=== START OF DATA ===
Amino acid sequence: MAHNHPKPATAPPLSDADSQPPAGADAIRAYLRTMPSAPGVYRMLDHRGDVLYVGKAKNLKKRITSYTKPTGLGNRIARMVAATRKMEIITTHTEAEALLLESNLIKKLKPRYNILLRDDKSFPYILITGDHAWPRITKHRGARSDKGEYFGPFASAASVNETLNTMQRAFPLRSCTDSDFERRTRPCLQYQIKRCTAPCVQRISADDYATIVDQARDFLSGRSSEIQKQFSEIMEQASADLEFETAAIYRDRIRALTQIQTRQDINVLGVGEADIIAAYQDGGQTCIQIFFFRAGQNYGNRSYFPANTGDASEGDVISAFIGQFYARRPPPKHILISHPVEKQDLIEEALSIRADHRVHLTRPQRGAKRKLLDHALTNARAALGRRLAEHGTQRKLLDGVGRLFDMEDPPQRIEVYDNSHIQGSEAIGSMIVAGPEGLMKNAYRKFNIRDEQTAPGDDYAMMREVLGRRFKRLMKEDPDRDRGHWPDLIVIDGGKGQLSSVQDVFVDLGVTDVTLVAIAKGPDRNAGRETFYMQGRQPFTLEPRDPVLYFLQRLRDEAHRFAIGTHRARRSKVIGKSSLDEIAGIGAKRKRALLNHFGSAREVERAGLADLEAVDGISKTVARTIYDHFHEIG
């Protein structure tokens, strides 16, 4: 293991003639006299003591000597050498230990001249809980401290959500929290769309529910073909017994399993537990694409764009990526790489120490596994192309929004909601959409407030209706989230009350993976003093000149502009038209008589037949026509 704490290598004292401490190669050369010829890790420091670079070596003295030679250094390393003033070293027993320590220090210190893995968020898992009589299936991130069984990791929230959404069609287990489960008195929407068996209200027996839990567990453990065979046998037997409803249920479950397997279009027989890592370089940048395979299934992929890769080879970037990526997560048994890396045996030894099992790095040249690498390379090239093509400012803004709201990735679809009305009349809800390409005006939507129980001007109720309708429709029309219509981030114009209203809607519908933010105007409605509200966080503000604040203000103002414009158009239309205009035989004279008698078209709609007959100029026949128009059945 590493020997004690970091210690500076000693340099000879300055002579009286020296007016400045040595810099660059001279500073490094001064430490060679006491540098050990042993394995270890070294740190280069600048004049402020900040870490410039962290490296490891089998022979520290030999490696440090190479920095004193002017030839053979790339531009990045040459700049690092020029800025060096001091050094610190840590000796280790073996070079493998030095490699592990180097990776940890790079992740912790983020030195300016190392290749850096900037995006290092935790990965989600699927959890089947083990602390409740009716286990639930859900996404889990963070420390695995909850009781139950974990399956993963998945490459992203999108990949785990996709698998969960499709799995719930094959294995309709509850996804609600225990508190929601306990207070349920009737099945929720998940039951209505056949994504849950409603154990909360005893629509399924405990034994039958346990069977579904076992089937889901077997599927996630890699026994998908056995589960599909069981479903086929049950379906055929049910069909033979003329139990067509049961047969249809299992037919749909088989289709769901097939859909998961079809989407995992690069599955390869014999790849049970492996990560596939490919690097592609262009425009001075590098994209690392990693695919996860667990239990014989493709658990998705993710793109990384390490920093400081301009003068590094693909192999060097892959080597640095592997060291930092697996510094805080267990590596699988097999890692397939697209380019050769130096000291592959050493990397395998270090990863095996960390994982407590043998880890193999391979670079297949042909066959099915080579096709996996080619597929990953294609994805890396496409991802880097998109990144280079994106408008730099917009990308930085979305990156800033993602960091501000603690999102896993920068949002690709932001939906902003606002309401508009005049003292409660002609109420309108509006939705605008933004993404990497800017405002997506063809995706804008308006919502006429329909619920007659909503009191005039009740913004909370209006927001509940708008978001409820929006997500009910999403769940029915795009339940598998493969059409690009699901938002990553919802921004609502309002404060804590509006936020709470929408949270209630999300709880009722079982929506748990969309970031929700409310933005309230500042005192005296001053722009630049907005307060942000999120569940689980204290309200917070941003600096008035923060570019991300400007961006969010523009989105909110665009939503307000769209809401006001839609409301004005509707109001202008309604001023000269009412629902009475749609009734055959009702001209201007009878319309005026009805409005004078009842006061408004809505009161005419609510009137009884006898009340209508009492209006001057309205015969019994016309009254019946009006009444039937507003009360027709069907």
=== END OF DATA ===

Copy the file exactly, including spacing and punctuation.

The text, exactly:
Amino acid sequence: MAHNHPKPATAPPLSDADSQPPAGADAIRAYLRTMPSAPGVYRMLDHRGDVLYVGKAKNLKKRITSYTKPTGLGNRIARMVAATRKMEIITTHTEAEALLLESNLIKKLKPRYNILLRDDKSFPYILITGDHAWPRITKHRGARSDKGEYFGPFASAASVNETLNTMQRAFPLRSCTDSDFERRTRPCLQYQIKRCTAPCVQRISADDYATIVDQARDFLSGRSSEIQKQFSEIMEQASADLEFETAAIYRDRIRALTQIQTRQDINVLGVGEADIIAAYQDGGQTCIQIFFFRAGQNYGNRSYFPANTGDASEGDVISAFIGQFYARRPPPKHILISHPVEKQDLIEEALSIRADHRVHLTRPQRGAKRKLLDHALTNARAALGRRLAEHGTQRKLLDGVGRLFDMEDPPQRIEVYDNSHIQGSEAIGSMIVAGPEGLMKNAYRKFNIRDEQTAPGDDYAMMREVLGRRFKRLMKEDPDRDRGHWPDLIVIDGGKGQLSSVQDVFVDLGVTDVTLVAIAKGPDRNAGRETFYMQGRQPFTLEPRDPVLYFLQRLRDEAHRFAIGTHRARRSKVIGKSSLDEIAGIGAKRKRALLNHFGSAREVERAGLADLEAVDGISKTVARTIYDHFHEIG
């Protein structure tokens, strides 16, 4: 293991003639006299003591000597050498230990001249809980401290959500929290769309529910073909017994399993537990694409764009990526790489120490596994192309929004909601959409407030209706989230009350993976003093000149502009038209008589037949026509 704490290598004292401490190669050369010829890790420091670079070596003295030679250094390393003033070293027993320590220090210190893995968020898992009589299936991130069984990791929230959404069609287990489960008195929407068996209200027996839990567990453990065979046998037997409803249920479950397997279009027989890592370089940048395979299934992929890769080879970037990526997560048994890396045996030894099992790095040249690498390379090239093509400012803004709201990735679809009305009349809800390409005006939507129980001007109720309708429709029309219509981030114009209203809607519908933010105007409605509200966080503000604040203000103002414009158009239309205009035989004279008698078209709609007959100029026949128009059945 590493020997004690970091210690500076000693340099000879300055002579009286020296007016400045040595810099660059001279500073490094001064430490060679006491540098050990042993394995270890070294740190280069600048004049402020900040870490410039962290490296490891089998022979520290030999490696440090190479920095004193002017030839053979790339531009990045040459700049690092020029800025060096001091050094610190840590000796280790073996070079493998030095490699592990180097990776940890790079992740912790983020030195300016190392290749850096900037995006290092935790990965989600699927959890089947083990602390409740009716286990639930859900996404889990963070420390695995909850009781139950974990399956993963998945490459992203999108990949785990996709698998969960499709799995719930094959294995309709509850996804609600225990508190929601306990207070349920009737099945929720998940039951209505056949994504849950409603154990909360005893629509399924405990034994039958346990069977579904076992089937889901077997599927996630890699026994998908056995589960599909069981479903086929049950379906055929049910069909033979003329139990067509049961047969249809299992037919749909088989289709769901097939859909998961079809989407995992690069599955390869014999790849049970492996990560596939490919690097592609262009425009001075590098994209690392990693695919996860667990239990014989493709658990998705993710793109990384390490920093400081301009003068590094693909192999060097892959080597640095592997060291930092697996510094805080267990590596699988097999890692397939697209380019050769130096000291592959050493990397395998270090990863095996960390994982407590043998880890193999391979670079297949042909066959099915080579096709996996080619597929990953294609994805890396496409991802880097998109990144280079994106408008730099917009990308930085979305990156800033993602960091501000603690999102896993920068949002690709932001939906902003606002309401508009005049003292409660002609109420309108509006939705605008933004993404990497800017405002997506063809995706804008308006919502006429329909619920007659909503009191005039009740913004909370209006927001509940708008978001409820929006997500009910999403769940029915795009339940598998493969059409690009699901938002990553919802921004609502309002404060804590509006936020709470929408949270209630999300709880009722079982929506748990969309970031929700409310933005309230500042005192005296001053722009630049907005307060942000999120569940689980204290309200917070941003600096008035923060570019991300400007961006969010523009989105909110665009939503307000769209809401006001839609409301004005509707109001202008309604001023000269009412629902009475749609009734055959009702001209201007009878319309005026009805409005004078009842006061408004809505009161005419609510009137009884006898009340209508009492209006001057309205015969019994016309009254019946009006009444039937507003009360027709069907």